Despite its moments, however, American Radical is not a great film. It is merely a good one, for the very nature of its subject is reflexive, and has remarkably little to do with the outside world, even as its players – for good or ill – try their best to be a part of it. There is a ceiling, then, the film tries to resist. It often fails, yes, but when it succeeds, one notices a force that even its participants are not privy to, a fatalism that attracts, repels, and leaves one with an ambiguous impression of both man and work, and how they play within the deeper drama that unfolds.

The DVD, put out Typecast Releasing, features a theatrical trailer and some deleted scenes. Two scenes show Finkelstein opining on the final look Charlie Chaplin gives in City Lights (“mixture of fear, hope, anticipation, dread: what is she going to do?”) and visiting his childhood home, with a spare, poetic end to the meeting. There is no commentary, although this is the kind of film that would certainly benefit from such, probing, as it might, into the mind of someone that simply does not reveal the whole picture.

In his books, Norman Finkelstein swallows a huge amount of data, and generates elegant arguments from the sum. He cleverly uses words against their speakers, and if one looks closely at his work, there is a row of traps, of nooses, that his enemies slip into, and quite willingly, at that. It is marvelous to watch, partly because Finkelstein’s cause is honest, and so many others are not. Yet, the work – for all its pluses – centers on a temporal conflict, just one of a thousand other temporal conflicts with the same villains, heroes, and meddlers, now forgotten, and thus cannot last. In between dust and perpetuity, however, there is art (albeit very modest art) like American Radical, that will let such players live, as people who’ve long forgotten the specifics can dream their dreams once more, and try to understand, centuries later, how much waste, how much stupidity this generation has engendered.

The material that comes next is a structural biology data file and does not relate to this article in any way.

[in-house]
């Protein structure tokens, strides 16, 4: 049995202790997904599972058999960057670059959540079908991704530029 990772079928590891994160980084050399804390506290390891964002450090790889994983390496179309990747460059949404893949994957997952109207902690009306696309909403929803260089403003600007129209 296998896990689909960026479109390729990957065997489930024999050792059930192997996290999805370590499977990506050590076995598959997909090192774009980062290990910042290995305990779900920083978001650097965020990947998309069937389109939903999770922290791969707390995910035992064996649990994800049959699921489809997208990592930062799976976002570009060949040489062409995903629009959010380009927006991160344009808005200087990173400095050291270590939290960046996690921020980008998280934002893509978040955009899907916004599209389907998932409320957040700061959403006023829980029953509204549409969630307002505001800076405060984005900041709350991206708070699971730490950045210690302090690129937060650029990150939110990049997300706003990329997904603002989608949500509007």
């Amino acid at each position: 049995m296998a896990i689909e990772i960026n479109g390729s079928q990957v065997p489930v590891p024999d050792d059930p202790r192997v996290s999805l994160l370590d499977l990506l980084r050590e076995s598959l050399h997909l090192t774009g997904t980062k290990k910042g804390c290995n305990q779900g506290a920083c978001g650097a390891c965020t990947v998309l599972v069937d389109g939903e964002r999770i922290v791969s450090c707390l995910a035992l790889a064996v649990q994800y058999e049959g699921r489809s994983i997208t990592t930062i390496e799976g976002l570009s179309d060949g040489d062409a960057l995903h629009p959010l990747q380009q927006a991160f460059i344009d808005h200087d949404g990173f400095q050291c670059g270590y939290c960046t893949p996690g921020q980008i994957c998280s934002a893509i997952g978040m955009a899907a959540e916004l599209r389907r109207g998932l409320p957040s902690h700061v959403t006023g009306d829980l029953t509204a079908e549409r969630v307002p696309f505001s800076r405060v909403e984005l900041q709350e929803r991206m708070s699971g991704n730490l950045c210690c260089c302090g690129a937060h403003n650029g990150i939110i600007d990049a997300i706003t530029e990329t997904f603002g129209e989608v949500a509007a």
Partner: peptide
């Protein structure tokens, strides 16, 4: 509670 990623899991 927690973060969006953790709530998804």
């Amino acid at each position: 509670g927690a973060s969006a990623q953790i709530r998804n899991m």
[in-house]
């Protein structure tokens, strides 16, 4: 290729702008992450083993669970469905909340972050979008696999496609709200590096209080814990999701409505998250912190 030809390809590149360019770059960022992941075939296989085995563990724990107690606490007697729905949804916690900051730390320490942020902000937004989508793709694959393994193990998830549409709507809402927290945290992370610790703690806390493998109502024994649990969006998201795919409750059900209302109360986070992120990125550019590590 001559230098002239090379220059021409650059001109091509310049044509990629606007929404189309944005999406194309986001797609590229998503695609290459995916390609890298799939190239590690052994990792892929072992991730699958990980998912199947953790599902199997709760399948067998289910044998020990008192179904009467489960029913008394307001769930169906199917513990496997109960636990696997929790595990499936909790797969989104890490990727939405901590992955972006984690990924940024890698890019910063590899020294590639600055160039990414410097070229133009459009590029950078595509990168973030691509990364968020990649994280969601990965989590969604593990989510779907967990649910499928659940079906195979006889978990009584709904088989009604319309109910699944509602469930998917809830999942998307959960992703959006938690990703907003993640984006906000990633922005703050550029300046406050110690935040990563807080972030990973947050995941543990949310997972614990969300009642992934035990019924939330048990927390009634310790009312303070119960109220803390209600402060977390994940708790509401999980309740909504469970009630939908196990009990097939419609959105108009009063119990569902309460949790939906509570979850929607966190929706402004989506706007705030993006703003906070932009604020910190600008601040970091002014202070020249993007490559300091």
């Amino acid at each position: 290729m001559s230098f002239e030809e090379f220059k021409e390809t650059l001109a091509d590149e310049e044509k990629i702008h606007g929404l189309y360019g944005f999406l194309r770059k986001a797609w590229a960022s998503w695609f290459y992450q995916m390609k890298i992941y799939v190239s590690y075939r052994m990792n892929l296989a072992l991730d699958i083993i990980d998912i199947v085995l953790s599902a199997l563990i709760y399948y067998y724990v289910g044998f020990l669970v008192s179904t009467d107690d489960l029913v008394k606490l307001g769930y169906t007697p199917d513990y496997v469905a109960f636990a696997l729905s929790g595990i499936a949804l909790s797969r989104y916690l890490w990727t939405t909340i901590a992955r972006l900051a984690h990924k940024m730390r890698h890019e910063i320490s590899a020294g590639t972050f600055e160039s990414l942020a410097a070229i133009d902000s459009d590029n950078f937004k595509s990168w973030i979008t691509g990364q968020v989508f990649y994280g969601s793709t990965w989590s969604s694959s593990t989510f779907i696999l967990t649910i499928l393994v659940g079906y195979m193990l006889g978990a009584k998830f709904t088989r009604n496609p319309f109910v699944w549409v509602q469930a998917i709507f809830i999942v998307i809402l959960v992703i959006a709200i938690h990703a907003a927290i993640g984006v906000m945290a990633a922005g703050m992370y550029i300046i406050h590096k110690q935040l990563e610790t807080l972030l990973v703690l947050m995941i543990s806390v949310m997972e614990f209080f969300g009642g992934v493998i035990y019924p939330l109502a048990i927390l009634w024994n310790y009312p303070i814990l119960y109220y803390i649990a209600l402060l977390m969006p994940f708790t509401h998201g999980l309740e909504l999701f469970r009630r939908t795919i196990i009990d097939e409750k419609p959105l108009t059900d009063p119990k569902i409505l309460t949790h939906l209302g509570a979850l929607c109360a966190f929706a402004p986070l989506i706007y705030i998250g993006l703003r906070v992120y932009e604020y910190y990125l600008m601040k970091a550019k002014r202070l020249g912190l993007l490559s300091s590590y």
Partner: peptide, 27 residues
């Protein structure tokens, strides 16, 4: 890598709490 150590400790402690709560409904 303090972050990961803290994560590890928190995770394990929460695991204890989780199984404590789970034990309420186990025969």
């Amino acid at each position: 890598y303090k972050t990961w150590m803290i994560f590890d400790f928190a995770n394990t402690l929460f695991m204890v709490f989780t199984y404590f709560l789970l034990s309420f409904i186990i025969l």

Perhaps I am biased, here, and feel undue affinity with the subject, since – unlike so many other artists in the world – I am a blank slate. Or rather, I used to be. I was pulled, prodded, numbered, branded, and otherwise owned and passed like so much chattel by everything from politics, to Latin, to powerlifting and drawing. I was going to be great, a visionary, in anything that I’d ever touch, whether that meant being a politician, or one of the few fluent Latinists in the world. I was going to be all of these things until art finally pulled me in, and grew me.

I could have been Norman Finkelstein. Some unionist. A yogi. Perhaps this is why I’m sympathetic. But, something didn’t let me, for I knew how such stories end. Every time I see it unfold – for it will continue to unfold in others forever – there is some nascent part of me that understands the mindset, the consummation, and even feels nostalgia in it.

Yet, as if this is the drama of some parallel dimension I’ve long left behind, I can no longer reach out my hand and make it stop. Perhaps my hand, at this point, would not even understand it.

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About Alex Sheremet

I'm a poet, critic, and novelist living in NYC, and the author of "Woody Allen: Reel To Real." You can contact me at my arts website.